If one word could sum up the nature of the apostle Paul’s commitment to the call of Christ on his life, it would be excellence. Paul desired to excel in everything He did for the Lord (2 Timothy 2:15), so he tackled his God-assigned mission to preach the gospel with all-out fervor, giving himself entirely to the work. He warmly encouraged fellow believers to do the same: “Therefore, my beloved brothers, be steadfast, immovable, always abounding in the work of the Lord, knowing that in the Lord your labor is not in vain” (1 Corinthians 15:58, ESV).
When Paul said to always be “abounding in the work of the Lord,” he may have had these words of the prophet Jeremiah in mind: “Cursed is he who does the work of the LORD with slackness” (Jeremiah 48:10, ESV). Paul knew that life as a gospel minister was arduous work (2 Corinthians 11:23–28). It was often tedious and thankless work, too, so he encouraged Christians not to “grow weary of doing good, for in due season we will reap, if we do not give up” (Galatians 6:9, ESV).
The term abounding means “being abundant or plentiful, going beyond, or producing or existing in large quantities.” The work of the Lord refers to the work of preaching, teaching, and being a minister of the gospel of Jesus Christ.
Paul’s wording in 1 Corinthians 15:58 closely resembles his question in 1 Corinthians 9:1 when he defends his work as an apostle: “Don’t you agree that I’m an apostle? Haven’t I seen Jesus our Lord? Aren’t you the result of my work for the Lord?” (1 Corinthians 9:1, GW). Paul said that his ministry protégé Timothy was “doing the work of the Lord, as I am” (1 Corinthians 16:10). And of Epaphroditus, his “fellow worker and fellow soldier,” Paul said, “He nearly died for the work of Christ, risking his life” (Philippians 2:25–30, ESV).
Believers can always be abounding in the work of the Lord no matter what we do to further the kingdom of God. Whether we are onstage preaching the message or behind the scenes cleaning toilets or cooking for the crowds, we ought to devote ourselves to it wholeheartedly: “Whatever you do, work at it with all your heart, as working for the Lord, not for human masters, since you know that you will receive an inheritance from the Lord as a reward. It is the Lord Christ you are serving” (Colossians 3:23–24).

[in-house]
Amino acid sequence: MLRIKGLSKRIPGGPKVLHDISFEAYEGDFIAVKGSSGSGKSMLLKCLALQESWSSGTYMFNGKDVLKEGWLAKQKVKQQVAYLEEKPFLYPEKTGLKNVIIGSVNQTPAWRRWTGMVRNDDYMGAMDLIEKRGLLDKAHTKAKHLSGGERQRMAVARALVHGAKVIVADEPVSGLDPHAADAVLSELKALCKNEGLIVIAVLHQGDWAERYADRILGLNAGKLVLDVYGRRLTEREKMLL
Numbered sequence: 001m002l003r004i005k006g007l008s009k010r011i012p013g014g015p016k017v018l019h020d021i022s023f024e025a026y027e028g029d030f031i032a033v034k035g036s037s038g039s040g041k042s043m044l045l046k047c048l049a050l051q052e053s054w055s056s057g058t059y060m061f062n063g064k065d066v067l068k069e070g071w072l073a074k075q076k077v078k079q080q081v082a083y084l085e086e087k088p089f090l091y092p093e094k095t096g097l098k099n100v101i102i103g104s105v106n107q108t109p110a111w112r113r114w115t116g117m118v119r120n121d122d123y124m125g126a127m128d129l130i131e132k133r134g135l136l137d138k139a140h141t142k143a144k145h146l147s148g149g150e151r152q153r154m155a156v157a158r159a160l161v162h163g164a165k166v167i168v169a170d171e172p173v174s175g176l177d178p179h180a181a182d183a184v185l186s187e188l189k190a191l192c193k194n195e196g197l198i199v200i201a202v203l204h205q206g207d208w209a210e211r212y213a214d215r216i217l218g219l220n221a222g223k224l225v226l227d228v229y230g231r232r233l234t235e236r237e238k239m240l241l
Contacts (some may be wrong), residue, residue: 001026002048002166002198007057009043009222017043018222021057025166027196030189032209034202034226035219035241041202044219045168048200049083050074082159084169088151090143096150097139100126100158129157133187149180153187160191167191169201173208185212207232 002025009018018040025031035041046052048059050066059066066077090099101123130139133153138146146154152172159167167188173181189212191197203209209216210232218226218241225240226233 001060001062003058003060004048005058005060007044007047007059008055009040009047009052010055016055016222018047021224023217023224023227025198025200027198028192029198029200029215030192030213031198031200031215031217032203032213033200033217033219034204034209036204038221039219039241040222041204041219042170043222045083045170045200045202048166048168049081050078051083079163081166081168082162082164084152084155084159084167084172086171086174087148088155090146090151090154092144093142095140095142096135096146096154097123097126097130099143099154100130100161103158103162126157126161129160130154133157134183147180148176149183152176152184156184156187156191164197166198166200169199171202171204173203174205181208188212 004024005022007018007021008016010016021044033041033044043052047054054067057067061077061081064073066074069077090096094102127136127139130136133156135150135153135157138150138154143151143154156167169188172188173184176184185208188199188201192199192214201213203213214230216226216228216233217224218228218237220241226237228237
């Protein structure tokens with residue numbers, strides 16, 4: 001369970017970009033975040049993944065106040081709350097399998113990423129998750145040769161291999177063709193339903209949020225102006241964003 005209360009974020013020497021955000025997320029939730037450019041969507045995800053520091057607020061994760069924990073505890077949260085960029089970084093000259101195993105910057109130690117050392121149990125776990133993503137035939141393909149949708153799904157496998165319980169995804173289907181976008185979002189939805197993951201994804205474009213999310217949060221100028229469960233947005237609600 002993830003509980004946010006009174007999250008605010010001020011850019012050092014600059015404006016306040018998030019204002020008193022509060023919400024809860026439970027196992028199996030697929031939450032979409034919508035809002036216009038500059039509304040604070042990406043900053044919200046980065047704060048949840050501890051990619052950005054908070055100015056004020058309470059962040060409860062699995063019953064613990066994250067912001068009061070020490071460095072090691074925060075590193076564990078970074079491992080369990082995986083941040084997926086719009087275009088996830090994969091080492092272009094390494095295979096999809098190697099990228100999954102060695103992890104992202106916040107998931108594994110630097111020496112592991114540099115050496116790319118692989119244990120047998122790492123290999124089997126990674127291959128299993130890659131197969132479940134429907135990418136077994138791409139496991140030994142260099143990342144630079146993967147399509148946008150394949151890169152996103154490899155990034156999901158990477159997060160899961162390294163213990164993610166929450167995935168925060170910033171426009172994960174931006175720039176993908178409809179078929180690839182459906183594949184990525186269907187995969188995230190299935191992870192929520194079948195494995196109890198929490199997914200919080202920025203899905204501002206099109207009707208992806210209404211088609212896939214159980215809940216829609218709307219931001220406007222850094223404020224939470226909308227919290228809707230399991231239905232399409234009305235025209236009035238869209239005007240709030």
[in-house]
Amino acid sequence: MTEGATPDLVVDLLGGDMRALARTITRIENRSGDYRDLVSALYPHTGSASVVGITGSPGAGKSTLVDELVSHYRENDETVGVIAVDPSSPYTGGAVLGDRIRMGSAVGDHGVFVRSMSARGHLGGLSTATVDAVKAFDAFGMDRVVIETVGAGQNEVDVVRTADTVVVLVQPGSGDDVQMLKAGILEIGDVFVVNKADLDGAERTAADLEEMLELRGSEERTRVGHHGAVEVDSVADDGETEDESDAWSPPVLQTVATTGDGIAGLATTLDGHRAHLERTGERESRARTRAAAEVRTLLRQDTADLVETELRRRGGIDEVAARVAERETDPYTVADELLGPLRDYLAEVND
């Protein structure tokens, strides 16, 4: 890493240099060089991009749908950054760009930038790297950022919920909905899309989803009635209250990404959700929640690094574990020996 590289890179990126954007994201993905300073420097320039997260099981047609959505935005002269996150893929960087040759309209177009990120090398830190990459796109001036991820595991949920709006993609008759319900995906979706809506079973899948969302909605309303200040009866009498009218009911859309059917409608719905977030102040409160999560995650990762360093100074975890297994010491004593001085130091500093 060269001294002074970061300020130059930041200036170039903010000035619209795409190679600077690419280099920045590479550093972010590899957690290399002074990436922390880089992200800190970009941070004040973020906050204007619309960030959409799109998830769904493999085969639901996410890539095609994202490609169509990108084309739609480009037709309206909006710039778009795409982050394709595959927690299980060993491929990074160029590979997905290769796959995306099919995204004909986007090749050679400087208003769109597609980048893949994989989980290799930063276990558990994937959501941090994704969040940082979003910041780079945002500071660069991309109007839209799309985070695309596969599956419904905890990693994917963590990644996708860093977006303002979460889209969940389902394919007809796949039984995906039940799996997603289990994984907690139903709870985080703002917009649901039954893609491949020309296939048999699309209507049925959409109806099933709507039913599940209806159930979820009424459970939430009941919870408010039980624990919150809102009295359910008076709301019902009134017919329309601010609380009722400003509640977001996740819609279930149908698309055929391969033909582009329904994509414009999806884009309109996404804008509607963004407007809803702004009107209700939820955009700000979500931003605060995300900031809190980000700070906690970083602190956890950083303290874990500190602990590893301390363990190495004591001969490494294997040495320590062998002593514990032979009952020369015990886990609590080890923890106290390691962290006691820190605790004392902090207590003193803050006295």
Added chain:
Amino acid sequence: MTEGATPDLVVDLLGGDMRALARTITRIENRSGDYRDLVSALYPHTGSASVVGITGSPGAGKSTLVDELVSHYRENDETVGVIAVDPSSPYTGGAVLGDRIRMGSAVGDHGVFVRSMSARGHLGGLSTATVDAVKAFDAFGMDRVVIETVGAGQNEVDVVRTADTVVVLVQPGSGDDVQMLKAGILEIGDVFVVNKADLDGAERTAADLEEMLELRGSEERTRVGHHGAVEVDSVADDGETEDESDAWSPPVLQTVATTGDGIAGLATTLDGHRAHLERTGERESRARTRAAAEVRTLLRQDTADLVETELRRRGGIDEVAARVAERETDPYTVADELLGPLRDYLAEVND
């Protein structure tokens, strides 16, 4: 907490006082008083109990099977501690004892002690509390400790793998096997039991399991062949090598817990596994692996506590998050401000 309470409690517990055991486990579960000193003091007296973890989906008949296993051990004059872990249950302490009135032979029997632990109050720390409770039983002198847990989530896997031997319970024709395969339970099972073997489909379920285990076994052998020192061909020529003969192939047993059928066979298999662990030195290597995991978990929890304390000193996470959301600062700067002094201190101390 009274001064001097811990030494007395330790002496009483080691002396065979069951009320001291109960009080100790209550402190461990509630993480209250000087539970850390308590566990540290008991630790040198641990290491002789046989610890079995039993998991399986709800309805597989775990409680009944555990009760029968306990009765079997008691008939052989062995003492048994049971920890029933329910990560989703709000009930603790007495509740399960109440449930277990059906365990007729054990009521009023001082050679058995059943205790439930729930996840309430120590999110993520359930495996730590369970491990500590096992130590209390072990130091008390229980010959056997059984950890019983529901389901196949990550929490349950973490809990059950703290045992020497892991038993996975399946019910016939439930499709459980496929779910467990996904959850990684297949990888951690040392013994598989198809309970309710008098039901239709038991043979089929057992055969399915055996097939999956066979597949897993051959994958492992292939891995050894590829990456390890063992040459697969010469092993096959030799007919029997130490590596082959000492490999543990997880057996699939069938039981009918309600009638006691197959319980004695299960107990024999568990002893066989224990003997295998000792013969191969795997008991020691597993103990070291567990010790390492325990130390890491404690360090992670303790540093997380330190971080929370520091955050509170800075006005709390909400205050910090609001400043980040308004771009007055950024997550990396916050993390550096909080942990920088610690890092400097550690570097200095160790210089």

To church elders, preachers, teachers, and ministry leaders, Paul taught, “And you yourself must be an example to them by doing good works of every kind. Let everything you do reflect the integrity and seriousness of your teaching. Teach the truth so that your teaching can’t be criticized. Then those who oppose us will be ashamed and have nothing bad to say about us” (Titus 2:7–8, NLT).
We can always be abounding in the work of the Lord if we keep the same tenacious attitude as Paul. He completed the job with unswerving dedication, recognizing that serving Christ involves real labor. The rewards of heaven are worth going all out for, which is what Paul meant when he said our labor is not in vain. When the going gets tough or unexciting, ministers of the gospel must remember to “never tire of doing what is good” (2 Thessalonians 3:13). We are not called to idleness but to diligence (2 Thessalonians 3:6–15; Hebrews 6:11–12). Jesus taught this principle in the parable of the sower. The sower of the seed labored, knowing that some of the seed would fall on good ground and “produce a crop—some thirty, some sixty, some a hundred times what was sown” (Mark 4:20; see also Matthew 13:1–23).